I say that if a professional code breaker has a bunch of data, the encoded version of said data and the encoding method he can figure out the encoding key. It is just a matter of having enough data. Is this true?

How much data or how many characters (with matching coded characters) would a professional need in order to come up with the code key?

  • By the way you've worded the question, it sounds like you're thinking that there will be some kind of pattern in the encrypted data that the codebreaker could use to discover the key. However, you haven't place any constraints on the key. What if the key is randomly generated data that is the same length (or longer than) the original data? (I think the answer is No.) – jdigital Feb 6 '14 at 4:59
  • WOW. OK, yes you are right I am thinking that there would be some kind of pattern. I assumed that the pattern is so huge that it would take way too long to figure it out. Yes, that's why I was asking how much data and encoded data it would take to show the pattern. – user39566 Feb 6 '14 at 5:22
  • It has come to my mind that you MAY be talking about simple encryption systems like "caesar" or "substitution". Then a plaintext attack will success against the encryption method. Modern cryptography is way more complicated than that and can't be broken in the same way. – kiBytes Feb 6 '14 at 6:53

I assume you mean encryption when you say "encoding".

This model of attack is known as the known-plaintext attack. It is a situation where an attacker has samples of both the encrypted ciphertext and the corresponding plaintext. All commonly used encryption schemes thought to be secure are resistant against this form of attack (resistant meaning there is no better method than a naive bruteforce attack on the key).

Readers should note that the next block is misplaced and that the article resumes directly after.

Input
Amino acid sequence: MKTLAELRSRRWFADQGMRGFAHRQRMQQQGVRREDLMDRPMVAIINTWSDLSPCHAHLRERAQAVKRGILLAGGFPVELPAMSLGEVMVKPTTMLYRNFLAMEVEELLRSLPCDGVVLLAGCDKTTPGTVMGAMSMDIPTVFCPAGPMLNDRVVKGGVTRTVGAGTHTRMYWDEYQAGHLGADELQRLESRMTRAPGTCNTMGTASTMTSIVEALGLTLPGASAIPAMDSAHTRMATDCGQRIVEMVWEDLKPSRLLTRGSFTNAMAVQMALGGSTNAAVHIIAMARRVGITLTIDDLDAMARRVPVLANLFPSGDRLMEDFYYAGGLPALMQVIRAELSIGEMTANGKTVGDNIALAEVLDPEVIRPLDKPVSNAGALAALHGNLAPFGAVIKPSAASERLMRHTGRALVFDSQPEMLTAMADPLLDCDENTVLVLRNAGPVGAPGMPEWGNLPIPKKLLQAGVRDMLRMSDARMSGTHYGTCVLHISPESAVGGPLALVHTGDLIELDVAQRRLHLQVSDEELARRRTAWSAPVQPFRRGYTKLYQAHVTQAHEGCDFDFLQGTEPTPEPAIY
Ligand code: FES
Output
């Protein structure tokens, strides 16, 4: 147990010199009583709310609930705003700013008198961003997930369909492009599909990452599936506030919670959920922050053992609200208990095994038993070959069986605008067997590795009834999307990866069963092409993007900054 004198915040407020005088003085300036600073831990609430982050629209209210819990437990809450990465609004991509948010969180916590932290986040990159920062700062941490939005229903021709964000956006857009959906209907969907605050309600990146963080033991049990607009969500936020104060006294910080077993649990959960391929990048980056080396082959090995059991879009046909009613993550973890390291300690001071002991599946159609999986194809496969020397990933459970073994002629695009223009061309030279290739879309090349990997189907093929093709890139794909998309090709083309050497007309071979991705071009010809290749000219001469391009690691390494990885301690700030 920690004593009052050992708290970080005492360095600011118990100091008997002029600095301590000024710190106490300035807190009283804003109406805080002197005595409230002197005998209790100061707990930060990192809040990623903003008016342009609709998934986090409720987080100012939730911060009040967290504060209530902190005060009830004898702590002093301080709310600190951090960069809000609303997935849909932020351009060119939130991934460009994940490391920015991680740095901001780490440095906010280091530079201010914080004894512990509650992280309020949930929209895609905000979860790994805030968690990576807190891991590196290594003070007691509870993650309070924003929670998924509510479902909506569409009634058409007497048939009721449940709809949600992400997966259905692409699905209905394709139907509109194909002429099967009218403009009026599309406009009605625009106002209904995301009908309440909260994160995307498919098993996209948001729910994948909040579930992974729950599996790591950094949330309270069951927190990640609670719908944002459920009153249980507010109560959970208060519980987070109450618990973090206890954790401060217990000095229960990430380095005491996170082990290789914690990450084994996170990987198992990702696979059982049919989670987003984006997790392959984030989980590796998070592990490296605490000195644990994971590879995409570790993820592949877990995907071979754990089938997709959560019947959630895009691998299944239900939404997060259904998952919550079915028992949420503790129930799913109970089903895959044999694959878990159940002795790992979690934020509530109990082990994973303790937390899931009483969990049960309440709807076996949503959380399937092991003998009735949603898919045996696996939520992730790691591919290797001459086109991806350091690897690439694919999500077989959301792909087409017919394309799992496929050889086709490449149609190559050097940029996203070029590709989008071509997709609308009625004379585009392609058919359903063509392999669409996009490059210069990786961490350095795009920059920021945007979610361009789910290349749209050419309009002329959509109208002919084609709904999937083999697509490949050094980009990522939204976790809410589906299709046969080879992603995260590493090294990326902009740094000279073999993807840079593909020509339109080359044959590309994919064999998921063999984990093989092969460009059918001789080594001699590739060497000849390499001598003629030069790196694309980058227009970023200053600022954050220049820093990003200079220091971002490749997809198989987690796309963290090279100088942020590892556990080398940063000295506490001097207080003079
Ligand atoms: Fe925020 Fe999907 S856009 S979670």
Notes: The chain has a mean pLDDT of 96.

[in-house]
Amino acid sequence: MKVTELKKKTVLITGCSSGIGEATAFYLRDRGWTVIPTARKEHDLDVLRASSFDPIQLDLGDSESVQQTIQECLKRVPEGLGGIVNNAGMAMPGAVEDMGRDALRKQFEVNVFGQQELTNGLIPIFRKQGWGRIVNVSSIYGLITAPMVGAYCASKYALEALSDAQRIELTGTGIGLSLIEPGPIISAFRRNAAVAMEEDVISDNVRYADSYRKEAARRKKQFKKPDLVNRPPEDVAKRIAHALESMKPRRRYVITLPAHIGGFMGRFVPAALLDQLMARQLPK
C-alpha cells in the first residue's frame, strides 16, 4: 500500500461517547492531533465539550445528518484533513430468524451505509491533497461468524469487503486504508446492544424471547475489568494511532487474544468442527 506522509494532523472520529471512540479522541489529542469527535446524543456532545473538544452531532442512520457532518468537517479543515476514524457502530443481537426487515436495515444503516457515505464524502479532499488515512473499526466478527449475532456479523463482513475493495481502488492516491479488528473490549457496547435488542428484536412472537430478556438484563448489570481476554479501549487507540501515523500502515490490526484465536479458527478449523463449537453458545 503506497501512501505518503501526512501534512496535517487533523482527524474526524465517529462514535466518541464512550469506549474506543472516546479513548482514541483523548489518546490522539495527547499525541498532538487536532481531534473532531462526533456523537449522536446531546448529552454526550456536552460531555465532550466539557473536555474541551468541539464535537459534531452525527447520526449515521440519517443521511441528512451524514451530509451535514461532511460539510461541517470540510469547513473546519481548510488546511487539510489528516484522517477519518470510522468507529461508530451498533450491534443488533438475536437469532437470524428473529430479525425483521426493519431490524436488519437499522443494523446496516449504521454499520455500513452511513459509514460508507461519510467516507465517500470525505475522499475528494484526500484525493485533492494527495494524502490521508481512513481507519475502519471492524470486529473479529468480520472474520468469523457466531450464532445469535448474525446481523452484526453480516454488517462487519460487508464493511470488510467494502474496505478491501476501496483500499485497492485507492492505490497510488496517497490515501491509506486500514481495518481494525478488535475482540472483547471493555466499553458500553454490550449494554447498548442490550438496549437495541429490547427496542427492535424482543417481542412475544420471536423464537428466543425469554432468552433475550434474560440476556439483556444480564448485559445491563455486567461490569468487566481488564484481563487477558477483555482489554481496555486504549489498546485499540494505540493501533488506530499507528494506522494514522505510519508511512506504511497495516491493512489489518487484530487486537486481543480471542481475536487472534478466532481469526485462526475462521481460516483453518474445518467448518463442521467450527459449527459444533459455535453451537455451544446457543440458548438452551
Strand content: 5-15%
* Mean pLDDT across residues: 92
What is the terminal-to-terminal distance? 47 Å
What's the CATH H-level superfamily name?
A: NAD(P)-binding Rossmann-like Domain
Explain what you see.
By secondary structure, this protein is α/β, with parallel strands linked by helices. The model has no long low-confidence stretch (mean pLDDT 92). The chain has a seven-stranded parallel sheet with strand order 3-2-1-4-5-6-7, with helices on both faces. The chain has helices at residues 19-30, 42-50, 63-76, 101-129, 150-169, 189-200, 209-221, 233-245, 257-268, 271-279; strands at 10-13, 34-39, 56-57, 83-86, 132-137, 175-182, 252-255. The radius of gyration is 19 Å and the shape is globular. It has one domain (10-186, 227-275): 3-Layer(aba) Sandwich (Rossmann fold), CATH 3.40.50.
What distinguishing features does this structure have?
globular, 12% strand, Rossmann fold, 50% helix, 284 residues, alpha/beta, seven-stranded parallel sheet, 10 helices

In fact, most modern symmetric ciphers are secure against a much stronger model of attack, the chosen-plaintext attack where an attacker has the ability to encrypt arbitrary amounts of plaintext data and obtain the corresponding ciphertext.

So the answer to this is no, you are very wrong, at least when referring to encryption schemes that you should be using in real world situations.


1) Yes. This is called a known-plaintext attack, and is probably the simplest form of cryptanalysis.

2) Not much. Codebreakers working to defeat the Enigma cypher could figure out what the day's settings were with as few as four letters; for modern block cyphers, a single encryption block (eg. 128 bits of data for AES-128) is enough.

What you haven't asked is how long it would take. Most modern cyphers are highly resistant against known-plaintext attacks, such that the only one that works is brute force (ie. trying all possible encryption keys until you find the right one). For a cypher such as AES-128, the time needed for a brute-force attack is longer than the remaining life of the universe, even if the entire universe were turned into a codebreaking computer.

  • If it takes longer than the remaining life of the universe, I'd say that the answer is No. In fact, if it takes longer than the lifetime of the codebreaker, the answer is No. – jdigital Feb 6 '14 at 5:02
  • It's funny that there are two answers here, one that says Yes, and one that says No, and both point to the same Wikipedia article. If you read to the end of the Wikipedia article, you'll see the answer: > Modern ciphers such as Advanced Encryption Standard are not currently > known to be susceptible to known-plaintext attacks. – jdigital Feb 6 '14 at 5:13
  • Lets talk about number 2. I know history. I was thinking of the Blechley park group. Along those lines. How much Data would one need with the matching encoding in order to come up with a key? 10,000 characters? 100,000 characters? Remember there is no other data to worry about. You already have the info you need. I guess i was just wondering if one came up with a key and then tried to encode the same 10,000 characters. Would the key encode the same data the same way? – user39566 Feb 6 '14 at 5:19
  • So you are saying that there is no amount of characters and their corresponding encoded output that one can figure out the encoding key? – user39566 Feb 6 '14 at 5:39
  • That's the way I interpret the Wikipedia article. Now that you know what to search for ("known-plaintext attack"), you can do more research if you'd like to dig deeper. – jdigital Feb 6 '14 at 5:41

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